Israeli Ground Troops Withdraw From Southern Gaza

After almost four months of fierce warfare in Khan Younis, the Israeli government withdrew all ground forces from southern Gaza for tactical reasons, relieving reservists. Some Palestinians who have been forced from their homes may soon be allowed to return. The retreat has sparked concerns about the war’s trajectory and if and when there will be a resolution.

The Israeli defense minister, Yoav Gallant, said that this action was done in anticipation of a ground assault on Rafah, the city located in the southernmost portion of Gaza. After two days of negotiations in Cairo, which have yielded “significant progress,” the representatives from Qatar and Hamas are likely to return to complete the agreement’s details.

A lasting truce, the withdrawal of Israeli troops from Gaza, the return of displaced people to their homes, and a “serious” exchange of Palestinian detainees for Israeli hostages held in Gaza are among the demands reaffirmed by Hamas in a proposal dated 14 March.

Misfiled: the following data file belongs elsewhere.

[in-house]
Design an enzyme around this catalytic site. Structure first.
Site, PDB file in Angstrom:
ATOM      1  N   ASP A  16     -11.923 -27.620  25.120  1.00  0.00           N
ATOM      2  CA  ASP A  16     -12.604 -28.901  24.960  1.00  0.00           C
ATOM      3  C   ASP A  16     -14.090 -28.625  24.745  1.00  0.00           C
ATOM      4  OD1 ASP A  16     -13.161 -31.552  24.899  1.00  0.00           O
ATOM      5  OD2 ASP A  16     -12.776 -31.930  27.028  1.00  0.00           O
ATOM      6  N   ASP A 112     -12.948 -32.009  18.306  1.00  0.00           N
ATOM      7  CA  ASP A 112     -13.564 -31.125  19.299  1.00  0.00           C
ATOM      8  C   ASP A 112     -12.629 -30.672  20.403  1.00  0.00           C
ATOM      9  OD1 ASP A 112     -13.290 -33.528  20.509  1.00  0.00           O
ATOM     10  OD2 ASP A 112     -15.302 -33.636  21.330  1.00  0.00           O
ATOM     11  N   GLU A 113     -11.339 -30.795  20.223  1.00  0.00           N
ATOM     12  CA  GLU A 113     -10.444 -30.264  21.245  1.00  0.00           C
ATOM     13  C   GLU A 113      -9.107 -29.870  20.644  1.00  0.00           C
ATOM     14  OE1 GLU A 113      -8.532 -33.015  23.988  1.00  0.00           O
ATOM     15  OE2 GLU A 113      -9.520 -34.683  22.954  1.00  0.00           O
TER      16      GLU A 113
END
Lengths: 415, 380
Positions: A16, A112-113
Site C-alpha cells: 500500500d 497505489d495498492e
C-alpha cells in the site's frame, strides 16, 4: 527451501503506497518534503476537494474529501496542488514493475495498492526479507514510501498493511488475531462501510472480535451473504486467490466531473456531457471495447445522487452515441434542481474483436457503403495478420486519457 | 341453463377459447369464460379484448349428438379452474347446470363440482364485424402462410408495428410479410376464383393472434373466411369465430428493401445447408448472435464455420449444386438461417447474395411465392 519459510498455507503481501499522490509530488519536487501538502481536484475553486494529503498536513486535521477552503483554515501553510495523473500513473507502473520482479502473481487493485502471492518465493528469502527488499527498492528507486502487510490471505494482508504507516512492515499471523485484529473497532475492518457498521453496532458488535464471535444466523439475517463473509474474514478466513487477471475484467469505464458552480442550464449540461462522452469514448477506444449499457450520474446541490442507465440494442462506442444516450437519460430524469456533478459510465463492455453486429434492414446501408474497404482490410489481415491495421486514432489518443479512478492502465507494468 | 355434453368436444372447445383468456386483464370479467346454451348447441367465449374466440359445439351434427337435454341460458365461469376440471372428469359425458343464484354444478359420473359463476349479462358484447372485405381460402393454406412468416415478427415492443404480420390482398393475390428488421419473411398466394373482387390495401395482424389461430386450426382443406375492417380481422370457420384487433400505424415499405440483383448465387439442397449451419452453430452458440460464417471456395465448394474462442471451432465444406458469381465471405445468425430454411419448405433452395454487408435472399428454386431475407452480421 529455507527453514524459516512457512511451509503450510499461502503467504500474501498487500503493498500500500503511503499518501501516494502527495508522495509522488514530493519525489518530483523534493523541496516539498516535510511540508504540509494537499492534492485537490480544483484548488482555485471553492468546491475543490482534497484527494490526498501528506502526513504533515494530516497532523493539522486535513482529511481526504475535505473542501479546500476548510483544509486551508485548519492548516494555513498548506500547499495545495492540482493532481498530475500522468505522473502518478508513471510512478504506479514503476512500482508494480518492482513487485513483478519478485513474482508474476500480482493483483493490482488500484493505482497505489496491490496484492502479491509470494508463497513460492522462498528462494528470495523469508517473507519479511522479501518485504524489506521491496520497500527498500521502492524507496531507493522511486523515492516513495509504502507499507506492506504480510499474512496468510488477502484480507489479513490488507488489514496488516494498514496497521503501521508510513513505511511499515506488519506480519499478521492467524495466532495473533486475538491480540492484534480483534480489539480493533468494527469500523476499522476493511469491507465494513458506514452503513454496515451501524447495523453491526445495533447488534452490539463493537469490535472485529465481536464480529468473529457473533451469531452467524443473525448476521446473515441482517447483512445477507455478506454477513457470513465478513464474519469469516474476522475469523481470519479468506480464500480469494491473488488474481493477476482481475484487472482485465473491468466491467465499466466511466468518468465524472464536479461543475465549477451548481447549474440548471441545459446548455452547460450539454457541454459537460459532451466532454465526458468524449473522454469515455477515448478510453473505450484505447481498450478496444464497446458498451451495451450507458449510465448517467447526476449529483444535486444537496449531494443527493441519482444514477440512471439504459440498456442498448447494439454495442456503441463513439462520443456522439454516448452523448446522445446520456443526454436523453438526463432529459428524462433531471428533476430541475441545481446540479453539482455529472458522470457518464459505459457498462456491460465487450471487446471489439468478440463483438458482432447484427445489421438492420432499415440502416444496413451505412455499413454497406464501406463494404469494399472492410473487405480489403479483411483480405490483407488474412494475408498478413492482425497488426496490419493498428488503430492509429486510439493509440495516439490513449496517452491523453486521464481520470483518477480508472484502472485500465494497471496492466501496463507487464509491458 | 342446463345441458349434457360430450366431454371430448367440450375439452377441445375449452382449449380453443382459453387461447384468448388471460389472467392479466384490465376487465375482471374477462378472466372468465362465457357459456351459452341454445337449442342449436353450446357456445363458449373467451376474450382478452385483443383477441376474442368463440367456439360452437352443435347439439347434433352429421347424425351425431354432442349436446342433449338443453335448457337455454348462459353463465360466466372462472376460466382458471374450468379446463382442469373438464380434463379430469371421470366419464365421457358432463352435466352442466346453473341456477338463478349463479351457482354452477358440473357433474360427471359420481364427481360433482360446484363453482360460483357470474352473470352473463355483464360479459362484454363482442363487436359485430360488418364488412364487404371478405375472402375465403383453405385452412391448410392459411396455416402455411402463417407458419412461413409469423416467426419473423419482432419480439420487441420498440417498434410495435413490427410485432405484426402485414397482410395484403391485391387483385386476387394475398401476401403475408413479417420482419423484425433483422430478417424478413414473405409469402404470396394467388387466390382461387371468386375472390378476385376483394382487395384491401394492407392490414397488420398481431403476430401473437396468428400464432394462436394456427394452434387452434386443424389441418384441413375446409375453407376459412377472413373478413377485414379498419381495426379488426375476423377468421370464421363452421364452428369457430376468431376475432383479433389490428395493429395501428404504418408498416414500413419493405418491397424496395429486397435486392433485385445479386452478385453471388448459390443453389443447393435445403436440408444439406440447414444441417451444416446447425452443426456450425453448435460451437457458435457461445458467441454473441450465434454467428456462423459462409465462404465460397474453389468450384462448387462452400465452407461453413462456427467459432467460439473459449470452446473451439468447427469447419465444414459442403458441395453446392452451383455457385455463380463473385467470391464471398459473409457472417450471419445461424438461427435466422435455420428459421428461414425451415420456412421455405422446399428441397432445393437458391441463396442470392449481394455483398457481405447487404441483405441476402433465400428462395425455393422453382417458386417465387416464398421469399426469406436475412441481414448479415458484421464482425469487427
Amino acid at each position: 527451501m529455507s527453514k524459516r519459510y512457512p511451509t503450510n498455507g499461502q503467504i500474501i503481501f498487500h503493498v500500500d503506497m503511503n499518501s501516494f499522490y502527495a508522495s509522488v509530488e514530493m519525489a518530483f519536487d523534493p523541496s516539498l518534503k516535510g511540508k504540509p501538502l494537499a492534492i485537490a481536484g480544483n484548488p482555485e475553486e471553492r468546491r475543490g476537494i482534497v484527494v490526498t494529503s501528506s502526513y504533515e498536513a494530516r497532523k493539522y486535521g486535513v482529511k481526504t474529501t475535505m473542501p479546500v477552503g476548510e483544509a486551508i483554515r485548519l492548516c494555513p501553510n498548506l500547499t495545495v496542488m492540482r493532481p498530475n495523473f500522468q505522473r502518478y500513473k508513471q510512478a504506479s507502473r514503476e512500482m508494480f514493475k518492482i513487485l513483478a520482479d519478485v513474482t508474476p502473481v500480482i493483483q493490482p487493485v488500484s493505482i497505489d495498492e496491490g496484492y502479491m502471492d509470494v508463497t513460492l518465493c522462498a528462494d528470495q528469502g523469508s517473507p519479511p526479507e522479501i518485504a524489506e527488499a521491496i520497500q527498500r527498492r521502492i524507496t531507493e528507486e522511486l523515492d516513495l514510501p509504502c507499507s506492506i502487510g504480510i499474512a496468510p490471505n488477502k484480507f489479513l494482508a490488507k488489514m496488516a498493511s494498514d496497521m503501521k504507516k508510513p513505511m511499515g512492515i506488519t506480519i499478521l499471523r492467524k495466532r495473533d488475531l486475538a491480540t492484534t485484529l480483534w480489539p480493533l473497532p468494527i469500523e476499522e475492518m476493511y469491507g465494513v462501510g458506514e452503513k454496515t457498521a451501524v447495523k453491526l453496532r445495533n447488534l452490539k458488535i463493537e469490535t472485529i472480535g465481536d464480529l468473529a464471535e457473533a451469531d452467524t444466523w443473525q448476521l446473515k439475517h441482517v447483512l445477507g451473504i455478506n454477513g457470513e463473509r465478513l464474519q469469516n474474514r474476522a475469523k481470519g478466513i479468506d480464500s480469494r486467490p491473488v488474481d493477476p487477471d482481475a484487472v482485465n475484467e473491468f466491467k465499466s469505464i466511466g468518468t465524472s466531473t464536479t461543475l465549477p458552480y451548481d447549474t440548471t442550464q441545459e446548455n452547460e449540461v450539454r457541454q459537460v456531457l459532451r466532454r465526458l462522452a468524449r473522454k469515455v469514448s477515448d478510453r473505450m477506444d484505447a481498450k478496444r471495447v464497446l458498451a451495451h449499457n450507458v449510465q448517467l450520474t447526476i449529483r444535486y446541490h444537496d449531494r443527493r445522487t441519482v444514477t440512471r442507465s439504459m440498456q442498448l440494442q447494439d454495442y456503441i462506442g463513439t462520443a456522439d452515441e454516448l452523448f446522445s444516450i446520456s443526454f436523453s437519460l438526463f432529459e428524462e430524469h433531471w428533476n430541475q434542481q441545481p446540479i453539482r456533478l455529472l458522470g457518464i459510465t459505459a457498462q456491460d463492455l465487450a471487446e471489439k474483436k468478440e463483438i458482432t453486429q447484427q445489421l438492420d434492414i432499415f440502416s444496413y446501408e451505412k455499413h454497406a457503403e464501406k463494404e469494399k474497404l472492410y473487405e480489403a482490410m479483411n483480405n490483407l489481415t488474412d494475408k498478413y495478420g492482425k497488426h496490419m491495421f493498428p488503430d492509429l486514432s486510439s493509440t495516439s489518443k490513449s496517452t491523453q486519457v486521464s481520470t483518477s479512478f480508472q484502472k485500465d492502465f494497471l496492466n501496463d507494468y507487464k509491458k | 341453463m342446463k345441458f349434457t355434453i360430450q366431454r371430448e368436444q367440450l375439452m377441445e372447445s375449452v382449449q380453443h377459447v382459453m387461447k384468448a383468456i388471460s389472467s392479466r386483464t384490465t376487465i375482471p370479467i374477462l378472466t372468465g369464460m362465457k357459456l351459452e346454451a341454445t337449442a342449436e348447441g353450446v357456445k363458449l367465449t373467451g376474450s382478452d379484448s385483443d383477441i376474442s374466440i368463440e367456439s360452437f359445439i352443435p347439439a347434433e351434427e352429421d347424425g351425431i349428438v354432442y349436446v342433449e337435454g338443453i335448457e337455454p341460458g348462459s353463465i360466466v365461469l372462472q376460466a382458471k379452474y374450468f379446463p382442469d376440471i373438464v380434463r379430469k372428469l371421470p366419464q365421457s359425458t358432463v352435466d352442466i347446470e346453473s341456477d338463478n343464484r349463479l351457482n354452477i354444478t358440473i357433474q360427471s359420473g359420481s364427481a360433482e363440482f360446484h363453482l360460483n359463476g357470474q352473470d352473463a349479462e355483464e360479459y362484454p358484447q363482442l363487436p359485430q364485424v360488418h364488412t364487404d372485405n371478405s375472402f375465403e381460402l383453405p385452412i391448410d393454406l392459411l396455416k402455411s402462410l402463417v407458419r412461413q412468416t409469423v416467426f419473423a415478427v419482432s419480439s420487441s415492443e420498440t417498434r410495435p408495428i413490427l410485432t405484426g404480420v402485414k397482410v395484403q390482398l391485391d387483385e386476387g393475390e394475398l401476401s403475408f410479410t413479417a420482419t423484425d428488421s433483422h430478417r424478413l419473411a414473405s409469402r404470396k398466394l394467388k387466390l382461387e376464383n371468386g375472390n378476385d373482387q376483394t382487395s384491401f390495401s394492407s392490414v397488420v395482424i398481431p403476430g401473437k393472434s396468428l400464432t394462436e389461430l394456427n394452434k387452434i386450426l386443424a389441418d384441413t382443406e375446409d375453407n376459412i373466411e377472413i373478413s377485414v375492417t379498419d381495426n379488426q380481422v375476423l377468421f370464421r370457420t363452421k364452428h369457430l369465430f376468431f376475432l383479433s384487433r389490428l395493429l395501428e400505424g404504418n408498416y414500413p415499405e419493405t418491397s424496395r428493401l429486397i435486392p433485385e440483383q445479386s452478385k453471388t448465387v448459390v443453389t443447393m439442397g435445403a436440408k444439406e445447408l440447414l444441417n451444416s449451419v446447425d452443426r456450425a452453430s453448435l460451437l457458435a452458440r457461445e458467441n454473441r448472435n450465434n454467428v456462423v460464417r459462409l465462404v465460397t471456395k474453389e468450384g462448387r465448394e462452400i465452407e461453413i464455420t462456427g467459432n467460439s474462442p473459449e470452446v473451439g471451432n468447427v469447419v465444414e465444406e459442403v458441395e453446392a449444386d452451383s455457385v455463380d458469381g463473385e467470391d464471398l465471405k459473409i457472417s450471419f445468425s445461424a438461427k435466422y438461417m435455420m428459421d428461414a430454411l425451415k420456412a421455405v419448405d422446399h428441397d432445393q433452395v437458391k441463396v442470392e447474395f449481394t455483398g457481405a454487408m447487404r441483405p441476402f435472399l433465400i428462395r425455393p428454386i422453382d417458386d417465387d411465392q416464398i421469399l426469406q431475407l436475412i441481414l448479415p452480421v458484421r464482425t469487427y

Tens of thousands of people in Gaza have gone missing after six months of conflict and anarchy. With almost 33,000 casualties, the majority of whom were women and children, the families of those who went missing are understandably terrified. Still, others hold out hope that some of the missing—particularly severely traumatized youngsters or those with mental illness—may be alive and unable to be located by their loved ones. For others, the prospect that the Israeli army has captured their missing loved ones is both a joy and a dread.

International Committee of the Red Cross spokeswoman Sarah Davies said that all over the world, people tell them that the most painful part of a conflict is not the hunger or the danger but the separation from relatives and not knowing what has happened to them.

When Israelis posted pictures of their missing loved ones after the sneak attack by Hamas, anti-Zionists tore the pictures down.